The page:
Monday, April 2, 2012

Hunger; an Ethical Imperative; and People

"...'For I was hungry and you gave me food, I was thirsty and you gave me drink, a stranger and you welcomed me...

"...'Then the righteous 16 will answer him and say, 'Lord, when did we see you hungry and feed you, or thirsty and give you drink?..."
(Matthew 35:35, 37)
That was then, this is now:
"...Feed the an ethical imperative for the universal Church, as she responds to the teachings of her Founder, the Lord Jesus, concerning solidarity and the sharing of goods. Moreover, the elimination of world hunger has also, in the global era, become a requirement for safeguarding the peace and stability of the planet...."
("Caritas in Veritate," 27)
The problem isn't so much that we don't have enough resources to feed everybody:
"...What is missing ... is a network of economic institutions capable of guaranteeing regular access to sufficient food and water for nutritional needs, and also capable of addressing the primary needs and necessities ensuing from genuine food crises, whether due to natural causes or political irresponsibility, nationally and internationally...."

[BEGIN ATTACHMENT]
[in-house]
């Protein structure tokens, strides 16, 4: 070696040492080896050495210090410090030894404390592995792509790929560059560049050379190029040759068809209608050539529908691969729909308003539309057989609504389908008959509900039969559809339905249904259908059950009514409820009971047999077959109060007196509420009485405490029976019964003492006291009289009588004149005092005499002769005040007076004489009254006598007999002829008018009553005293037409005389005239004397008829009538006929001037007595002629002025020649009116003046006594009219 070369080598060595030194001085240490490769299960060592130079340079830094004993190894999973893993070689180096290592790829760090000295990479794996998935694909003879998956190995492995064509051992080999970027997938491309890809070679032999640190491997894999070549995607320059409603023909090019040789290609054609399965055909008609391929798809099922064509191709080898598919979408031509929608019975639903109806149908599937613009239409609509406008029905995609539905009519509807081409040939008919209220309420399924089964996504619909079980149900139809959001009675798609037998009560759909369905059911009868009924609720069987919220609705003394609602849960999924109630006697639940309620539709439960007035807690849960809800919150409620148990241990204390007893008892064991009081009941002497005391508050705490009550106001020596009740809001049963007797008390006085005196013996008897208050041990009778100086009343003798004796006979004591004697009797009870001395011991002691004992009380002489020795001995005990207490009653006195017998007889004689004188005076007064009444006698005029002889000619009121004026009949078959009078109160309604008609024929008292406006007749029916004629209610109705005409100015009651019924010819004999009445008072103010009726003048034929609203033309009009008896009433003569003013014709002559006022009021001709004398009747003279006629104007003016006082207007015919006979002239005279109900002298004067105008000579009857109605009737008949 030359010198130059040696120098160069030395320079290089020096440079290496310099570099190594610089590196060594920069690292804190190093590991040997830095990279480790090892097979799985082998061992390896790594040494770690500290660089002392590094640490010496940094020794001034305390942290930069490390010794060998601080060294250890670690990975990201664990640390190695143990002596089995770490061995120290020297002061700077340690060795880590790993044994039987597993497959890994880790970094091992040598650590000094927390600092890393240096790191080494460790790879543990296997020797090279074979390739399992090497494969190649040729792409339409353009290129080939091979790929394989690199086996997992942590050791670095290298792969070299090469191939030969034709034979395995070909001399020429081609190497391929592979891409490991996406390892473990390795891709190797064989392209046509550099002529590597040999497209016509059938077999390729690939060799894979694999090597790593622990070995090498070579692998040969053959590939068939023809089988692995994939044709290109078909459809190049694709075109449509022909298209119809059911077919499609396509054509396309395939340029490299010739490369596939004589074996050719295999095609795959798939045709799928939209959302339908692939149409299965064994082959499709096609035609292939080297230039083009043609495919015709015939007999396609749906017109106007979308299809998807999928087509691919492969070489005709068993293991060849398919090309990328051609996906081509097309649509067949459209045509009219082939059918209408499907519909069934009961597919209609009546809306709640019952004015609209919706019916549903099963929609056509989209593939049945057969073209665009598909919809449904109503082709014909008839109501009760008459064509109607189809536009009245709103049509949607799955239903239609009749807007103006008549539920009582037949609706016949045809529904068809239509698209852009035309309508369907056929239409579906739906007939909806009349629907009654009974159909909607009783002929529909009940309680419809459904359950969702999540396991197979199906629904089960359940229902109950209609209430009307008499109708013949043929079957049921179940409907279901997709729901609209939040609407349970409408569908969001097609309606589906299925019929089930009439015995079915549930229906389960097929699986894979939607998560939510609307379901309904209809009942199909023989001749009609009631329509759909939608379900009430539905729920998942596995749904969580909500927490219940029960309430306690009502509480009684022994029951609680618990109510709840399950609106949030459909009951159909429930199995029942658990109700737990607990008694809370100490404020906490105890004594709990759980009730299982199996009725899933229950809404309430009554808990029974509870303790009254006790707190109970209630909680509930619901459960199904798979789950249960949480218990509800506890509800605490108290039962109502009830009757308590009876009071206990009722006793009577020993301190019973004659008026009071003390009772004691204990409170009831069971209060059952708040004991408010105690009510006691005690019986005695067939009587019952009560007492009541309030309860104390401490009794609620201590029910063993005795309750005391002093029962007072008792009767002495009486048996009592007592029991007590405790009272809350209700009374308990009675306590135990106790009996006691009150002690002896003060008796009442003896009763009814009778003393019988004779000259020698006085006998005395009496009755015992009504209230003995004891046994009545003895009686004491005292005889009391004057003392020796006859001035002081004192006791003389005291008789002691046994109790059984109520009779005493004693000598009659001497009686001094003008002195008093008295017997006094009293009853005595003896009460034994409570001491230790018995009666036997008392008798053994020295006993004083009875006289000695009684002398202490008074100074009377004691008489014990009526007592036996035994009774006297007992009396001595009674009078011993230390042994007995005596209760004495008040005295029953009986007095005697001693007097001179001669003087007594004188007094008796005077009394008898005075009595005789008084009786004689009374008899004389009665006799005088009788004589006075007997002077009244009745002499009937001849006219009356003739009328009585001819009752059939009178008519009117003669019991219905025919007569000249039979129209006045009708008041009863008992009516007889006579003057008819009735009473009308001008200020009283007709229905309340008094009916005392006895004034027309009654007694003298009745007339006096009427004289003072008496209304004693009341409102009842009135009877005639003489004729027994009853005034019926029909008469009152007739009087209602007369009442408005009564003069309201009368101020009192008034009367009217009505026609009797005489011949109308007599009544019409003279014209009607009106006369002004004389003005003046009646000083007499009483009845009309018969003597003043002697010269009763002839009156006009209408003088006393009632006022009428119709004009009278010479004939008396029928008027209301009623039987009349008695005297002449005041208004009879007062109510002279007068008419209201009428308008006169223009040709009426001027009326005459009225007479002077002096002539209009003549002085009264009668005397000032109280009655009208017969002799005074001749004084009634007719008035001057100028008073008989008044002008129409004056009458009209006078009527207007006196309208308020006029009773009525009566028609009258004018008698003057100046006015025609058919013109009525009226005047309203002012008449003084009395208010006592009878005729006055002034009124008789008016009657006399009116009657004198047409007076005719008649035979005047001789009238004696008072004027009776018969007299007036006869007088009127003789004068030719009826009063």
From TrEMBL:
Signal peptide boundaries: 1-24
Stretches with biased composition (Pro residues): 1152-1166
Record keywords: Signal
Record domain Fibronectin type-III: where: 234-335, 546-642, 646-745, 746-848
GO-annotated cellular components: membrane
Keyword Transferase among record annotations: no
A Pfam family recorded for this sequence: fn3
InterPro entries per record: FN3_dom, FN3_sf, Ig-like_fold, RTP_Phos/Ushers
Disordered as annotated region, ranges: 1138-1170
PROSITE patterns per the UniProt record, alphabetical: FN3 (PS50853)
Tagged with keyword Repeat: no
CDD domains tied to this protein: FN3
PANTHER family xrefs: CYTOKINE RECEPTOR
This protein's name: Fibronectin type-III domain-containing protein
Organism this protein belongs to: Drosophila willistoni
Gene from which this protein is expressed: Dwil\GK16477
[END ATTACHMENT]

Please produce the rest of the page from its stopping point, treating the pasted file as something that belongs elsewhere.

("Caritas in Veritate," 27)

"Political Irresponsibility"

In a way, I can see how the Catholic Church seems to be confused, or "vague" about what's needed in today's world. In this part of "Caritas in Veritate," Benedict XVI writes about "the sharing of goods," but doesn't go on to say that it's time for another worker's revolt against capitalist oppression. The Church isn't 'for' capitalism, either. Reality is a little more fine-tuned than that. (March 13, 2010)

Instead of calling for the proletariat to unite, or the deregulation of international corporations, the Pope mentions things like "network of economic institutions" and "political irresponsibility."

Food Insecurity, Ag Tech, and Development

From some points of view, I suppose it would be nifty if folks who aren't up to speed with today's technology could be kept out of the loop.

Keeping 'backward' cultures from catching up would give anthropologists something to study; and media studios supplied with settings for 'real life dramas.'